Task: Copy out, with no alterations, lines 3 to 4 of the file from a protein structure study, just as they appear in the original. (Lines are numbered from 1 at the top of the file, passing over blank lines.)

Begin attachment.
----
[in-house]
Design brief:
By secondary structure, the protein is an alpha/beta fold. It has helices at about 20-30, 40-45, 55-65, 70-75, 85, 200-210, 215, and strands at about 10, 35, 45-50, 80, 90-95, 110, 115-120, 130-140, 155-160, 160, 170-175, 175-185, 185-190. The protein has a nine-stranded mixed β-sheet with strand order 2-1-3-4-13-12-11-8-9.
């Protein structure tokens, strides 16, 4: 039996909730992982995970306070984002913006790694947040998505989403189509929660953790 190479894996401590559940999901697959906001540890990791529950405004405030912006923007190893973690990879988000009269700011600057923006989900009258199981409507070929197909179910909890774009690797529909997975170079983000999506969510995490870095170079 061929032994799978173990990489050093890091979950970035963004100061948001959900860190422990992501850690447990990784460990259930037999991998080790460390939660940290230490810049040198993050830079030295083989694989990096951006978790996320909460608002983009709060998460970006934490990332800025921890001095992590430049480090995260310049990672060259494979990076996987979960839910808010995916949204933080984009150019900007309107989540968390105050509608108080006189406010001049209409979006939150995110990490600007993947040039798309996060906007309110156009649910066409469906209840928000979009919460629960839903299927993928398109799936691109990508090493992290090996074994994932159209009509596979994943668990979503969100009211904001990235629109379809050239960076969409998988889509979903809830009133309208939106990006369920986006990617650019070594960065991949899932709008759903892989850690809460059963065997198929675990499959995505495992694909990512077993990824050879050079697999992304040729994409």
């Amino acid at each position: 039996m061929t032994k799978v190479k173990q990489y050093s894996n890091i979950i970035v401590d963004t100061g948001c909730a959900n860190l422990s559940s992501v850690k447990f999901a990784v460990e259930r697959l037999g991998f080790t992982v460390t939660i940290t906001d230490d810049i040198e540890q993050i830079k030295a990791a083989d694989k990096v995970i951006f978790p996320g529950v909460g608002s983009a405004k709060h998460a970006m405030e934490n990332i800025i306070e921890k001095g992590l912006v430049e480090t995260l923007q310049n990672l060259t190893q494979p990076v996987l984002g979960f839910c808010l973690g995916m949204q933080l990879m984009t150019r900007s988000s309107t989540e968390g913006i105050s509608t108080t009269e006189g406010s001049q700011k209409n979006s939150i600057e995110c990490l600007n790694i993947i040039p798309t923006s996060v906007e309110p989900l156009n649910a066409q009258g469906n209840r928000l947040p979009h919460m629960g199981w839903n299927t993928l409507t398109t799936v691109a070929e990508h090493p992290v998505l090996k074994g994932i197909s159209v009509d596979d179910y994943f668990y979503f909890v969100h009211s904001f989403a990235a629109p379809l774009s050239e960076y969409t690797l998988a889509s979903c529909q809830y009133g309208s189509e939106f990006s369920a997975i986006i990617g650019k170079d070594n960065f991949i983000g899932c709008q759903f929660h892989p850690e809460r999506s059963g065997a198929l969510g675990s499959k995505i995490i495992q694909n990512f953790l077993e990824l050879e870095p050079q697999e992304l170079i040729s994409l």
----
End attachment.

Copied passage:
By secondary structure, the protein is an alpha/beta fold. It has helices at about 20-30, 40-45, 55-65, 70-75, 85, 200-210, 215, and strands at about 10, 35, 45-50, 80, 90-95, 110, 115-120, 130-140, 155-160, 160, 170-175, 175-185, 185-190. The protein has a nine-stranded mixed β-sheet with strand order 2-1-3-4-13-12-11-8-9.
């Protein structure tokens, strides 16, 4: 039996909730992982995970306070984002913006790694947040998505989403189509929660953790 190479894996401590559940999901697959906001540890990791529950405004405030912006923007190893973690990879988000009269700011600057923006989900009258199981409507070929197909179910909890774009690797529909997975170079983000999506969510995490870095170079 061929032994799978173990990489050093890091979950970035963004100061948001959900860190422990992501850690447990990784460990259930037999991998080790460390939660940290230490810049040198993050830079030295083989694989990096951006978790996320909460608002983009709060998460970006934490990332800025921890001095992590430049480090995260310049990672060259494979990076996987979960839910808010995916949204933080984009150019900007309107989540968390105050509608108080006189406010001049209409979006939150995110990490600007993947040039798309996060906007309110156009649910066409469906209840928000979009919460629960839903299927993928398109799936691109990508090493992290090996074994994932159209009509596979994943668990979503969100009211904001990235629109379809050239960076969409998988889509979903809830009133309208939106990006369920986006990617650019070594960065991949899932709008759903892989850690809460059963065997198929675990499959995505495992694909990512077993990824050879050079697999992304040729994409």